Sixteen different classes of breeding sites for the stable fly, Stomoxys calcitrans (L.), and the house fly, Musca domestica L., were identified through weekly searches, from late May to early October, on four small feedlots, one large feedlot, and one dairy, and single searches of an additional 25 feedlots and three dairies. A total of 526 samples of ca. 100 fly pupae per sample showed fencelines, drainage ditches, and haylage to account for 26.2, 18.4 and 12.9%, respectively, of the total stable fly pupae sampled on small feedlots. Swine manure and haylage were the most frequent and consistent producers of house flies on the small feedlots, accounting for 19.9, and 18.8%, respectively,of the total population sampled. Spilled feed was a consistent breeding site on the large feedlot and accounted for 53.0 and 16.0% of the sampled stable flies and house flies, respectively; stored manure on dairies accounted for 31.7 and 25.3% of the total stable flies and house flies sampled, respectively.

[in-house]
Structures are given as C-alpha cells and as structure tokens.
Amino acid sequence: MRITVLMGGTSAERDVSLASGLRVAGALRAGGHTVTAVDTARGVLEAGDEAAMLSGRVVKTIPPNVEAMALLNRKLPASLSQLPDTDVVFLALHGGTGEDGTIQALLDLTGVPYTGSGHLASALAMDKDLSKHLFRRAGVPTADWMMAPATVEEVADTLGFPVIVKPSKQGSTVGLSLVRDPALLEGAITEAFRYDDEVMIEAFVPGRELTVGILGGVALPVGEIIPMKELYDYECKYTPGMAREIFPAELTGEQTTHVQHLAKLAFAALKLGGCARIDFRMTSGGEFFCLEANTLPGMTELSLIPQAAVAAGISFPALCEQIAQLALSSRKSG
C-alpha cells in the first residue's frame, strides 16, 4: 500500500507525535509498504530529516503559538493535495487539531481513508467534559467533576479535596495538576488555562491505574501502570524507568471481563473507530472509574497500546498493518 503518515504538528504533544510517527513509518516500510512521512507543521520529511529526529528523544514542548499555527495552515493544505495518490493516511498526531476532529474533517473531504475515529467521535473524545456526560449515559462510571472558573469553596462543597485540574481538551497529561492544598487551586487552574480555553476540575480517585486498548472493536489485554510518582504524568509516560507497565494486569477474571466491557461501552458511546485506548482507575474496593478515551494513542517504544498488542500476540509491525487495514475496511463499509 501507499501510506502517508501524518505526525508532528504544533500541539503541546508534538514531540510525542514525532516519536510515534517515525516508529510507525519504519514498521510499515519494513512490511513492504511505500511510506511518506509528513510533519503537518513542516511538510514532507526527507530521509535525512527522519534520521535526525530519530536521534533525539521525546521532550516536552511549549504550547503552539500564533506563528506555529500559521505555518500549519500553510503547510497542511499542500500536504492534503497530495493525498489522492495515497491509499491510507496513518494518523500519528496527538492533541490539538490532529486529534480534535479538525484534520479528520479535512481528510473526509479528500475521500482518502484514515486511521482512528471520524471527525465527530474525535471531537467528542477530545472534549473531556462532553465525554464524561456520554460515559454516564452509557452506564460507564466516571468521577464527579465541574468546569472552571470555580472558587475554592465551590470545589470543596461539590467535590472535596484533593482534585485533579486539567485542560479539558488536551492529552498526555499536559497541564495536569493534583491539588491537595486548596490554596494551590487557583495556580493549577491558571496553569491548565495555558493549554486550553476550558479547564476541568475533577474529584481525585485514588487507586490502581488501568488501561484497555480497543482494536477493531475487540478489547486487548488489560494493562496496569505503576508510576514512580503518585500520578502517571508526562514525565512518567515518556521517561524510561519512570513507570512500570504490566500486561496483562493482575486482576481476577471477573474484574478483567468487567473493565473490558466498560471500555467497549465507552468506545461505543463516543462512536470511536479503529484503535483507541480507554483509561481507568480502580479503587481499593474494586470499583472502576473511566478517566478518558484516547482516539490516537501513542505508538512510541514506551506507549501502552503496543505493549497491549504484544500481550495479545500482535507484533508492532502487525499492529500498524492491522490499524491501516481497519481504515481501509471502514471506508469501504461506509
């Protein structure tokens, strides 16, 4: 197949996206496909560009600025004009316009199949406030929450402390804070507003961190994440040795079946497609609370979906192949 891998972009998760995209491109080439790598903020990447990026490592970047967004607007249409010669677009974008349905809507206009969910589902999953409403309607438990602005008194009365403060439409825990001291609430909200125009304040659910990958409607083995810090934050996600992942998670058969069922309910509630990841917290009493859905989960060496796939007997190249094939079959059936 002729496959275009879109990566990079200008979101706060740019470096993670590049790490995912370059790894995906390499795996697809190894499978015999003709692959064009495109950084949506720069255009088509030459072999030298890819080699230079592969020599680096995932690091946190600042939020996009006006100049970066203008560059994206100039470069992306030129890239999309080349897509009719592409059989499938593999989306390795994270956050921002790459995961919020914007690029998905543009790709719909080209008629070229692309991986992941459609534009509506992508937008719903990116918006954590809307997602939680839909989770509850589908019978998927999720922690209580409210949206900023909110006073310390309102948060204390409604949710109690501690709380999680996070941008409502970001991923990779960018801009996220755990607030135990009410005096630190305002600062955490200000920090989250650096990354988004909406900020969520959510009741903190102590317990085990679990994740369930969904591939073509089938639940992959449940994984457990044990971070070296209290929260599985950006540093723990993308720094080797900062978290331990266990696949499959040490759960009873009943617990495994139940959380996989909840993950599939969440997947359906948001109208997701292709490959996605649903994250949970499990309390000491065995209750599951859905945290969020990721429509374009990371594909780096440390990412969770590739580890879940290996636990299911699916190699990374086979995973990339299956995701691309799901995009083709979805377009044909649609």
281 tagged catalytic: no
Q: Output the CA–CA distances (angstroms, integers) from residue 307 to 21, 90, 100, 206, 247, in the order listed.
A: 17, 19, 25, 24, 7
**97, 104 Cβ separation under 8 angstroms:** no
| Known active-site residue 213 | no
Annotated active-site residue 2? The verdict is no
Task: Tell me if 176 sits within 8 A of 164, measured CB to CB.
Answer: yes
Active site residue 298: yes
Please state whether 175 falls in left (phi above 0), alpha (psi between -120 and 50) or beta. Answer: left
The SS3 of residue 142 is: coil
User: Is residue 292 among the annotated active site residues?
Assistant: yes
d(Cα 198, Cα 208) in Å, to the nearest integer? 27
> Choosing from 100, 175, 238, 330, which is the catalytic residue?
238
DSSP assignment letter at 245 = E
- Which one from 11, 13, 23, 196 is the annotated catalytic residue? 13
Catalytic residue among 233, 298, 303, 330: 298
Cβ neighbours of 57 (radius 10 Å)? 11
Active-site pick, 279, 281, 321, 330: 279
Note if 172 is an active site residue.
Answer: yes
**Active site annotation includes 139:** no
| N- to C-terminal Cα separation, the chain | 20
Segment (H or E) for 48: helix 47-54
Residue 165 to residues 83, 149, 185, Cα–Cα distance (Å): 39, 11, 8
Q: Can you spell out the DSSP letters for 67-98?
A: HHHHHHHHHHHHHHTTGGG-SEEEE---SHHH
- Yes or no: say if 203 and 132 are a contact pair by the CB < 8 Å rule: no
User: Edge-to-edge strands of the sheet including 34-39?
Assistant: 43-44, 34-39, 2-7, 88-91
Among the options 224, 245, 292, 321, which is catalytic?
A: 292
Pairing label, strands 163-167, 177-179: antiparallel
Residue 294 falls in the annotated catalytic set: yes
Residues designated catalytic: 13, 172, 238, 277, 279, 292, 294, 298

Document Type: Research Article
Publication date: February 1, 1983
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Journal of Economic Entomology is published bimonthly in February, April, June, August, October, and December. The journal publishes articles on the economic significance of insects and is divided into the following sections: apiculture & social insects; arthropods in relation to plant disease; forum; insecticide resistance and resistance management; ecotoxicology; biological and microbial control; ecology and behavior; sampling and biostatistics; household and structural insects; medical entomology; molecular entomology; veterinary entomology; forest entomology; horticultural entomology; field and forage crops, and small grains; stored-product; commodity treatment and quarantine entomology; and plant resistance. In addition to research papers, Journal of Economic Entomology publishes Letters to the Editor, interpretive articles in a Forum section, Short Communications, Rapid Communications, and Book Reviews.